SILVER rebounded from three-week lows yesterday amid heightened geopolitical tensions. The metal jumped the most in two weeks, which pulled the gold/silver (Mint) ratio off three-week highs. The ratio is shying away from the 200-day moving average at 86.20. Speculative investors turned net sellers of silver for the first time in four weeks, CFTC data to September 10 show.

 

PALLADIUM touched a new record high yesterday before closing lower for the second day in a row. In the run up to the record high, palladium had posted six consecutive weekly gains, the longest run since June/July 2016. Speculative investors have been embracing the rally, increasing net long positions to the highest since July 30, according to the latest CFTC data as at September 10.

 

PLATINUM declined for the first time in four weeks last week and seems to be extending those losses into a second week. Speculative investors are still bullish however, boosting net long positions for a third straight week and lifting them to the highest in 18 months in the week to September 10, CFTC data show.

Wage talks between producers and South Africa’s largest platinum-mining union have been deadlocked for more than a week, with the producers seeking independent arbitration, which could have a negative impact on supply going forward.

 

Base metals

COPPER prices fell the most in more than four months yesterday after China’s August industrial production data came in at the lowest level in more than 15 years. This raised concerns about future demand for the industrial metal and saw prices retreat from seven week highs. Speculative investors, including hedge funds, trimmed their net short positions for the first time in three weeks in the week to September 10. They are now the least since the week of July 30.

 

Copper Daily Chart

Source: OANDA fxTrade

 

Agriculturals

CORN’s three-day rally into yesterday was the longest bullish run since July, pulling prices to the highest level this month amid speculation that ethanol demand, of which corn is a main ingredient, might pick up if the oil production outage in Saudi Arabia continues for some time. Speculative investors have been wrongly positioned for this latest upmove, having been net sellers for the past eight weeks, turning net short on the commodity last week for the first time since May.

 

SUGAR rose for a second consecutive day yesterday and, if these gains can be maintained throughout this week, could be facing its first up-week in eight weeks. Prices had touched a near one-year low last Thursday amid concerns about excess supply. Rains are forecast for India’s sugarcane growing areas for most of this week, which could benefit crops that are due to be harvested next month, potentially adding to supply.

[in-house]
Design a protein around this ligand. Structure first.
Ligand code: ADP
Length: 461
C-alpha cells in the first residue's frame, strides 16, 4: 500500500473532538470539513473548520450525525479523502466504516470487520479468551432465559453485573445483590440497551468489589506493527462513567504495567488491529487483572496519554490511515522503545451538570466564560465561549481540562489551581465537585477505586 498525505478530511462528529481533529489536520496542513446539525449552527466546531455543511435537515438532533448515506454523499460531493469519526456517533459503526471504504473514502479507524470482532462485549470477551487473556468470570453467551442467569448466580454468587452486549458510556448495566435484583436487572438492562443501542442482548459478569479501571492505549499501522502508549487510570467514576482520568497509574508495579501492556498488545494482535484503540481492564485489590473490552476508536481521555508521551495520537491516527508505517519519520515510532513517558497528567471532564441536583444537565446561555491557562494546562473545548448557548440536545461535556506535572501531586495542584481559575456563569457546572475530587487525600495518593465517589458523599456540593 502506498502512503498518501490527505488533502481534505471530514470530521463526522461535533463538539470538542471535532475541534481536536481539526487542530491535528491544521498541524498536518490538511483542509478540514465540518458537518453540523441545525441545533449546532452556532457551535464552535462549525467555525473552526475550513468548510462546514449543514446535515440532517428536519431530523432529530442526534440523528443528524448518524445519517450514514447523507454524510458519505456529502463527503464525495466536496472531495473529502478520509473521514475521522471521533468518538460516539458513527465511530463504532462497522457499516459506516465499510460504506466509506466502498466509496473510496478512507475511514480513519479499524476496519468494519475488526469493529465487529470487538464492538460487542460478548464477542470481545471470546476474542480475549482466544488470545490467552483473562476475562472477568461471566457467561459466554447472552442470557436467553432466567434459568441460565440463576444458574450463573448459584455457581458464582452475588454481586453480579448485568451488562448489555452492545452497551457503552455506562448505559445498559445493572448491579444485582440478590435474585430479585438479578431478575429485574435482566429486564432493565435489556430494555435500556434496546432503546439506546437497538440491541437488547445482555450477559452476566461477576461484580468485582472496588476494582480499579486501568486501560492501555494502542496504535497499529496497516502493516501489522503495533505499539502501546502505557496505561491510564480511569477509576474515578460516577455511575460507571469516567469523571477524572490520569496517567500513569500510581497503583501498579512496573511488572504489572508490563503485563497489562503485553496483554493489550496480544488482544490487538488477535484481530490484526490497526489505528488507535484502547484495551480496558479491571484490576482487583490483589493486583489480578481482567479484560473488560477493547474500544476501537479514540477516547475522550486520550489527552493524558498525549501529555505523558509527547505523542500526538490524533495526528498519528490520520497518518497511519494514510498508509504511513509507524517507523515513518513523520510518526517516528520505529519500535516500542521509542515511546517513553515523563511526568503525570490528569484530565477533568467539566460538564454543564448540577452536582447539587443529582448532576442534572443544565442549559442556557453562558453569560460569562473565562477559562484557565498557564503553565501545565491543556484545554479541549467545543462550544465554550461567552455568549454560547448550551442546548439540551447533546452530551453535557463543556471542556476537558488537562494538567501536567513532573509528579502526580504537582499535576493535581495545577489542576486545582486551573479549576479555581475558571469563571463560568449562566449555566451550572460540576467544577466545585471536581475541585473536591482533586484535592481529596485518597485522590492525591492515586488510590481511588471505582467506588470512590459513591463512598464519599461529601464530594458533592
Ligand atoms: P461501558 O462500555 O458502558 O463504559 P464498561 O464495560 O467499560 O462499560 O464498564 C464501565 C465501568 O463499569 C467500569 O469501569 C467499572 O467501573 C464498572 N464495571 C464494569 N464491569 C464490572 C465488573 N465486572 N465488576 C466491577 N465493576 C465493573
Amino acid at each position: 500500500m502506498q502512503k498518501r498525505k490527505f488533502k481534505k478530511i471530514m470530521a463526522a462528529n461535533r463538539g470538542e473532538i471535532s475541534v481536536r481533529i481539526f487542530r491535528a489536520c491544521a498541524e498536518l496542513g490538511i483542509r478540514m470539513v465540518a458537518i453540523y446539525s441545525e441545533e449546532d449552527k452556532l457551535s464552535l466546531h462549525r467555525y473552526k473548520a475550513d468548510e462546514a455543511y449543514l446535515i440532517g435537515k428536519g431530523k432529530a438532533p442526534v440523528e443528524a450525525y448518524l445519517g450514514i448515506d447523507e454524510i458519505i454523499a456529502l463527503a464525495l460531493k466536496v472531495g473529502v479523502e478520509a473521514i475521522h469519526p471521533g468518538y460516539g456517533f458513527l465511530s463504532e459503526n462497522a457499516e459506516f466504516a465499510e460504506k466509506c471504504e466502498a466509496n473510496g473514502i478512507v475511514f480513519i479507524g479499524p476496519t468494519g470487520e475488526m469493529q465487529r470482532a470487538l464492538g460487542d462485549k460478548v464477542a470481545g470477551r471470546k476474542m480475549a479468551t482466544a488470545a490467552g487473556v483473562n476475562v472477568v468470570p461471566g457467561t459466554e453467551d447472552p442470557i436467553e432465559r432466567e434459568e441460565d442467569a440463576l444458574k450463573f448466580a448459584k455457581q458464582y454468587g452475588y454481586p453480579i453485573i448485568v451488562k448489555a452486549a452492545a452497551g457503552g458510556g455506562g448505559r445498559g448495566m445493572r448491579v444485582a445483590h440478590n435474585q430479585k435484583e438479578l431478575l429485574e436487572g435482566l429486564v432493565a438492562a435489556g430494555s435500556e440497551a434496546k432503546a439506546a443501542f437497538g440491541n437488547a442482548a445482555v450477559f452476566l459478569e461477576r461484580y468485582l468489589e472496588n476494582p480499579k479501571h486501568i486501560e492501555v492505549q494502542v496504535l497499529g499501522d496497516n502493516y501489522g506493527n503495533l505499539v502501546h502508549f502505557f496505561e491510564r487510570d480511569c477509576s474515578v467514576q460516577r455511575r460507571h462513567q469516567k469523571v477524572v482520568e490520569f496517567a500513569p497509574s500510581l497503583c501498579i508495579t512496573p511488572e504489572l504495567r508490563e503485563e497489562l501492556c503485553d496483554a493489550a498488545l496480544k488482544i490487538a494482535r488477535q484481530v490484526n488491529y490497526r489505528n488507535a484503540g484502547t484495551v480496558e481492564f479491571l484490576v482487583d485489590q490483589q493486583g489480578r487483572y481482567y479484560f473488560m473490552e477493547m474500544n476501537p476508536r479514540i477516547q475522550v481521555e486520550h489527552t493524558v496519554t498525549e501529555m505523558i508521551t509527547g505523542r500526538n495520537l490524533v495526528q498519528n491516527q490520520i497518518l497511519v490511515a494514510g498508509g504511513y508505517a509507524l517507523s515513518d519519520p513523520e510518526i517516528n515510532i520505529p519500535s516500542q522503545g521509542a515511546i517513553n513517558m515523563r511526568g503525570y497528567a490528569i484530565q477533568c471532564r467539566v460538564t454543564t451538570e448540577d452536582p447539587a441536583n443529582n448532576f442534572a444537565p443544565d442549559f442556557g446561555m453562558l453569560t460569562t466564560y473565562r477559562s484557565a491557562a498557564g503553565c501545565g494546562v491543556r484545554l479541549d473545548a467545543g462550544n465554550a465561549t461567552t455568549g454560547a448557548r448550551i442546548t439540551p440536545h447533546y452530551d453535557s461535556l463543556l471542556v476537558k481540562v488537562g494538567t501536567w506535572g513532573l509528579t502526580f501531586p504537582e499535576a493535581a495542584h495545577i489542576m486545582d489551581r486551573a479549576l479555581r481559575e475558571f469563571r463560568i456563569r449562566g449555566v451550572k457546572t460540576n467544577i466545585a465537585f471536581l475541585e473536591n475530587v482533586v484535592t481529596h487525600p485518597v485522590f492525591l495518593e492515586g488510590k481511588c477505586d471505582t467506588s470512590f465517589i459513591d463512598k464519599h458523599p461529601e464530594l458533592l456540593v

Speculative accounts remain bearish on sugar, with net short positions now at the highest on record after six straight weeks of net selling.

 

SOYBEANS posted the biggest weekly gain of almost 5% last week, the most since June, amid reports that China had agreed to buy more US agricultural products as part of the trade war negotiations. Prices hit the highest since July 25 yesterday and look poised for a fourth consecutive day of gains today. Speculative investors boosted net short positions to the highest since the week of June 11.

 

WHEAT has been flirting with the 55-day moving average, now at 4.8320, for the past three days but has failed to sustain any break above it. Within a 4.8233 to 4.8320 range we have three moving averages converging. The 55-day at 4.8320, the 100-day at 4.8236 and the 200-day at 4.8233. With prices now at 4.8210, the resistance may be a tough level to crack in the near term.

 

Wheat Daily Chart

Source: OANDA fxTrade

 

 

This article is for general information purposes only. It is not investment advice or a solution to buy or sell securities. Opinions are the authors; not necessarily that of OANDA Corporation or any of its affiliates, subsidiaries, officers or directors. Leveraged trading is high risk and not suitable for all. You could lose all of your deposited funds.

Waiting for the FOMC’s good oil

Prepared by Jeff Halley, Senior Market Analyst